“It’s a great feedback loop for us as a VC company and speaks to the strength of our working relationship with TeamApt in the years even before our investment in the company,” Peter Oriaifo, director at Oui Capital, told TechCrunch about the LP participation from Eniolorunda. “The founder-investor relationship is a testament to our work supporting a founder in the early stages and seeing the business succeed to a point where they want to pay it forward.”

Oui Capital invested in TeamApt when the fintech company was under the radar and before it caught the attention of other investors. Its success is one of the inspirations behind Oui Capital’s pan-African approach. The company is eager to make new investments in startups that it believes can become winners in their respective countries and sectors, Oyinsan said. Oui Capital cites Maad (the first B2B marketplace for fast-moving consumer goods in Senegal) and Pharmacy Marts (a B2B marketplace for pharmacies in Egypt) as examples.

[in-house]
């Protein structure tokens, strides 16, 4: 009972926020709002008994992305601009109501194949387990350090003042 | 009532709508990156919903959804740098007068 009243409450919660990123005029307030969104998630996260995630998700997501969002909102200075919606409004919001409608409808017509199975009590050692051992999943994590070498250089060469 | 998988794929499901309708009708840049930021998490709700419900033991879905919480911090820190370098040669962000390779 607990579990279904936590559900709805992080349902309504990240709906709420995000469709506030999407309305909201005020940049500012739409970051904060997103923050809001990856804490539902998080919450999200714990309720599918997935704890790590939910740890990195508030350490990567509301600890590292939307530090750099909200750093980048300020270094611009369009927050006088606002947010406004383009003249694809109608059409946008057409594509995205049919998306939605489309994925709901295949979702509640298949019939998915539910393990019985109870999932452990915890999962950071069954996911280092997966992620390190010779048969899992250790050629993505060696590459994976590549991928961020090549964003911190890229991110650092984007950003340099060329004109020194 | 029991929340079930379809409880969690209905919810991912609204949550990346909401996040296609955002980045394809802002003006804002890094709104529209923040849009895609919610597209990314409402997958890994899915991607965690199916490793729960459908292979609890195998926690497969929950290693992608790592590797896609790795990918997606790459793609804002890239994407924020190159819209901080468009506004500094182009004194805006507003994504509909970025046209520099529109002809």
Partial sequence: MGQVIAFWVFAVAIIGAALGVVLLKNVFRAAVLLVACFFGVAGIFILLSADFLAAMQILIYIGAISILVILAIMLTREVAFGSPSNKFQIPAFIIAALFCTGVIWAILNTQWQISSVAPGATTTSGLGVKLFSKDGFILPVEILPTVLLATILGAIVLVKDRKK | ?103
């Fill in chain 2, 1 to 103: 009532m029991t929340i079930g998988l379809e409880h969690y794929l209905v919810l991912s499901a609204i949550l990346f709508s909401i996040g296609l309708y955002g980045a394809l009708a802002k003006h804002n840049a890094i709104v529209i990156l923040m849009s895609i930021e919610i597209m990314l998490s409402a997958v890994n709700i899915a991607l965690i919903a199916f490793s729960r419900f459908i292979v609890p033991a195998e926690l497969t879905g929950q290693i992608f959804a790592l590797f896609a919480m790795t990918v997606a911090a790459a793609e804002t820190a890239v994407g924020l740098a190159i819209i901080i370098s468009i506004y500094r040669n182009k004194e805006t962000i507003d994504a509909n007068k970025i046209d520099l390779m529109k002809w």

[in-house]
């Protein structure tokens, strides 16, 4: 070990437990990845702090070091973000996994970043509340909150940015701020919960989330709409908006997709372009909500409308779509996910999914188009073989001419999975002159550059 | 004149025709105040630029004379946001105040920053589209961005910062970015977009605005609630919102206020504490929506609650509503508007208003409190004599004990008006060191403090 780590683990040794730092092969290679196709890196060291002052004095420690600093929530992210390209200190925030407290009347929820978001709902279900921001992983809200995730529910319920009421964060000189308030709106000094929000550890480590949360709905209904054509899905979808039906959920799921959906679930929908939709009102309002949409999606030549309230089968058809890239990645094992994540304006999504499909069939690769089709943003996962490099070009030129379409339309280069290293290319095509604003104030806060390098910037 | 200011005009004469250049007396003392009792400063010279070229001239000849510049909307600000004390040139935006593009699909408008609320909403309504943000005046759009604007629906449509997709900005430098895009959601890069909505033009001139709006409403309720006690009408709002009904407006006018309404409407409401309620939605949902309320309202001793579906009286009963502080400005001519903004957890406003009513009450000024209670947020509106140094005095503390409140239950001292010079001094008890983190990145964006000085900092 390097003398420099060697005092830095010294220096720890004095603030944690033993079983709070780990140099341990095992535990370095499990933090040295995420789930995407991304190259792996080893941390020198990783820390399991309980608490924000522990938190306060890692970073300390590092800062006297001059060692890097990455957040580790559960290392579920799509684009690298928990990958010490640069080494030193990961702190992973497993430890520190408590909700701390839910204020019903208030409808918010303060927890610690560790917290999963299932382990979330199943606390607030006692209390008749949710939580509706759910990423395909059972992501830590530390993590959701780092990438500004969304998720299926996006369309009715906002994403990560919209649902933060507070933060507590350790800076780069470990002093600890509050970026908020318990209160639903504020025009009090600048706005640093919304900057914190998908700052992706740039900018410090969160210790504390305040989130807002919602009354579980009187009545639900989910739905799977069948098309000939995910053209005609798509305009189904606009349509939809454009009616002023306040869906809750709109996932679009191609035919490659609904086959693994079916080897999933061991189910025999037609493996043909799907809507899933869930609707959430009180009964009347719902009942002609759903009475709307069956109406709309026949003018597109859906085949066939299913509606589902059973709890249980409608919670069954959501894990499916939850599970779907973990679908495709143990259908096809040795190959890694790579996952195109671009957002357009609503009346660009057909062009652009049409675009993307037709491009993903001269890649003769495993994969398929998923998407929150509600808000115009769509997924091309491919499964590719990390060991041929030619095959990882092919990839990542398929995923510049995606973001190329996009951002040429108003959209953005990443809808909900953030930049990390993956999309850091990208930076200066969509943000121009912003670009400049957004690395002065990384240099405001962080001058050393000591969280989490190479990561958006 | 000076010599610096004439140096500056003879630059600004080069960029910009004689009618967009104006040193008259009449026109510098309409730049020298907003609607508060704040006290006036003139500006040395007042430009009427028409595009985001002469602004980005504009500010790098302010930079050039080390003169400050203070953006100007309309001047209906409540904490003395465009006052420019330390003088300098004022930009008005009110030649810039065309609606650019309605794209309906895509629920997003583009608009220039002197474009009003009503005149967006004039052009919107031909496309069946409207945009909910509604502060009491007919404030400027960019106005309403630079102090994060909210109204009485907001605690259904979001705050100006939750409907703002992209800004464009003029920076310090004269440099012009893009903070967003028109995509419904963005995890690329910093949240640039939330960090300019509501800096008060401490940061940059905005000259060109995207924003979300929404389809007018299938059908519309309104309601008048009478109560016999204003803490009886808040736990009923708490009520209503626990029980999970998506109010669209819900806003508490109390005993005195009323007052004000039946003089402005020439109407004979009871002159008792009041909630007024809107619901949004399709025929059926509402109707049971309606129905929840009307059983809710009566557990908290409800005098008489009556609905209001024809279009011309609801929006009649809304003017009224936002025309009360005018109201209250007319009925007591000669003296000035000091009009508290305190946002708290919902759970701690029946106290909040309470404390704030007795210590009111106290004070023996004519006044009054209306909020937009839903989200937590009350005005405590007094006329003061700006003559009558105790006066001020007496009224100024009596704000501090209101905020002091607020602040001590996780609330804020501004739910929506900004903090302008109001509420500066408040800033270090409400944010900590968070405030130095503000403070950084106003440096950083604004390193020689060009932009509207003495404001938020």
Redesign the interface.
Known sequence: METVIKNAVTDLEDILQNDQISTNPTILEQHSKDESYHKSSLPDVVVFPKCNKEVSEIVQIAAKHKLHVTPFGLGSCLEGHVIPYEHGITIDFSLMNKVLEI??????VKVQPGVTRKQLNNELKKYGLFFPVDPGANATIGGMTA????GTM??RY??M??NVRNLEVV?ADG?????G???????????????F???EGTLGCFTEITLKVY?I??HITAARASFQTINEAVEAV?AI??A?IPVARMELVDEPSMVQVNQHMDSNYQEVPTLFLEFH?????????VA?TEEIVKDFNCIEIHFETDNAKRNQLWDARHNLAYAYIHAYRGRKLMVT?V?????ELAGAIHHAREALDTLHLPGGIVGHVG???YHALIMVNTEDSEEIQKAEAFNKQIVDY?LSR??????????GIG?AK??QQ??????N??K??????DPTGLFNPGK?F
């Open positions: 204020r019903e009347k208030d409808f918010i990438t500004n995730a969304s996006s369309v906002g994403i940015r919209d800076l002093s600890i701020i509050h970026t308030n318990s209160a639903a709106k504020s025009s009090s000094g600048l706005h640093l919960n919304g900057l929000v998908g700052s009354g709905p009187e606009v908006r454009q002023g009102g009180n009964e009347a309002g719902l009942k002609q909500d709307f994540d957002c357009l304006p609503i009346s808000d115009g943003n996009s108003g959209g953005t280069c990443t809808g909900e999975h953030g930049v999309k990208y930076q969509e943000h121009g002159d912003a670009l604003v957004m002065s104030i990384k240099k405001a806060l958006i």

As a result, Nigeria, Kenya, Senegal, Egypt and South Africa are the African countries where Oui Capital has made at least one investment. The company plans to increase investment in North Africa and Francophone Africa, regions that witnessed a surge in startup and venture capital activity last year as African technology finance hit record highs in correlation with global numbers.

“Our pan-African strategy has made us a fund of choice for global LPs seeking exposure to the broader opportunities in Africa without having to understand the different regions individually,” said Oyinsan. The global VCs involved in this second fund include Angur Nagpal’s Vibe Capital, D Global ventures, Boston-based One Way Ventures and Ground Squirrel Ventures.